Idaho Congressman Mike Simpson voted for two pieces of regulatory reform legislation to prevent regulatory overreach by the Obama administration during its final days and to return accountability and transparency to the federal regulatory process. The total cost of regulations imposed by federal agencies is estimated at $1.88 trillion annually.
“Each year, federal agencies issue regulations without considering both their cost and benefits,” said Simpson. “Congress needs to reestablish its authority to oversee these rules in order to reduce the burden on all businesses and stimulate real economic growth.”
As a first step, on Wednesday, Simpson voted in favor of H.R. 21, the Midnight Rules Relief Act of 2017, which passed in the U.S. House of Representatives by a vote of 238-184.
“Throughout his term in office, President Obama has disregarded the economic impact of his regulatory actions on the American people,” said Simpson. “We do not intend to allow this administration to continue imposing its onerous regulations without the consent of Congress in its final days. This legislation would provide Congress the flexibility to swiftly disapprove of any attempt to push forward these burdensome rules.”
The Midnight Rules Relief Act of 2017 amends the Congressional Review Act (CRA) to allow for joint resolutions to disapprove of more than one regulation at a time if they are submitted to Congress during the last 60 legislative days of a presidential term.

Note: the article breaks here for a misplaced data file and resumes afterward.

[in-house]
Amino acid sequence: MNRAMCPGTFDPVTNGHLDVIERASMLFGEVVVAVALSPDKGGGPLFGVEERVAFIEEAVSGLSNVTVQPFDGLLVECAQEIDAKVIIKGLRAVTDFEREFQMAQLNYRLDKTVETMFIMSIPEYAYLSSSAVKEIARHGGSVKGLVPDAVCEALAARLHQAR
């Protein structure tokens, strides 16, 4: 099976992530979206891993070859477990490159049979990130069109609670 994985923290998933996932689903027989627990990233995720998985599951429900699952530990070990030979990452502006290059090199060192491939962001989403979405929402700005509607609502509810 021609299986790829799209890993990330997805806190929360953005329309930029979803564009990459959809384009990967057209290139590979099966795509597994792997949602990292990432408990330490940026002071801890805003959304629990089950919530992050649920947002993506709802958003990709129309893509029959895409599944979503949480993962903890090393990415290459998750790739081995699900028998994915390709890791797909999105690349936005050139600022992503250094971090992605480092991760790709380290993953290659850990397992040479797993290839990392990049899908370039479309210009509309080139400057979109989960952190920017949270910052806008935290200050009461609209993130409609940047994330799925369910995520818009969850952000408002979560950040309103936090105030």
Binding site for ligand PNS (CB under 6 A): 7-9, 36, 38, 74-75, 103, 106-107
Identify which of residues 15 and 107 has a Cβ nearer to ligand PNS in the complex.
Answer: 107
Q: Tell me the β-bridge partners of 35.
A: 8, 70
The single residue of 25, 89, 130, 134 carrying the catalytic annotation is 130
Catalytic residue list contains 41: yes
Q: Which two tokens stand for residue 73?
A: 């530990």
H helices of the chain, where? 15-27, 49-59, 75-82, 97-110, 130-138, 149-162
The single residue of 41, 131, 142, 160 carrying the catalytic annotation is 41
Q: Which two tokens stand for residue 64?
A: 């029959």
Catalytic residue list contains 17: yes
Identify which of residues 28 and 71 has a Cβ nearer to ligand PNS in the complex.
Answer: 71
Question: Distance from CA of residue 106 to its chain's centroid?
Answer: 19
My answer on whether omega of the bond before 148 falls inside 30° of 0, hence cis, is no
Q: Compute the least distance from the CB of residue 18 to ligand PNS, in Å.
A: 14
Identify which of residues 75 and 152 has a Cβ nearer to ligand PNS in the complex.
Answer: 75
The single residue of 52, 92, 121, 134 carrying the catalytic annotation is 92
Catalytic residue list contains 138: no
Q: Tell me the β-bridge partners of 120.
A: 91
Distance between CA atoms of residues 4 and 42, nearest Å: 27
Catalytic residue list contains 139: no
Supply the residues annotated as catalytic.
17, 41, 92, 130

On Thursday, Simpson voted in favor of the Regulations from the Executive in Need of Scrutiny (REINS) Act of 2017, H.R. 26, which passed the U.S. House of Representatives today by a vote of 237-187. Simpson was also a cosponsor of the REINS Act.
“Congress has a critical oversight role to play to ensure that federal agencies are not overreaching their authority and impeding job growth,” said Simpson. “I have heard from countless Idahoans who are frustrated with the impact of costly regulations on their ability to do business.”
The REINS Act amends the CRA to require Congress to approve every new major regulation proposed by federal agencies, including any regulation that has an impact of over $100 million per year. By returning to Congress its constitutional charge, the REINS Act further holds Congress accountable to the American people for laws imposed upon them.
Both H.R. 21 and H.R. 26 now move to the U.S. Senate for consideration.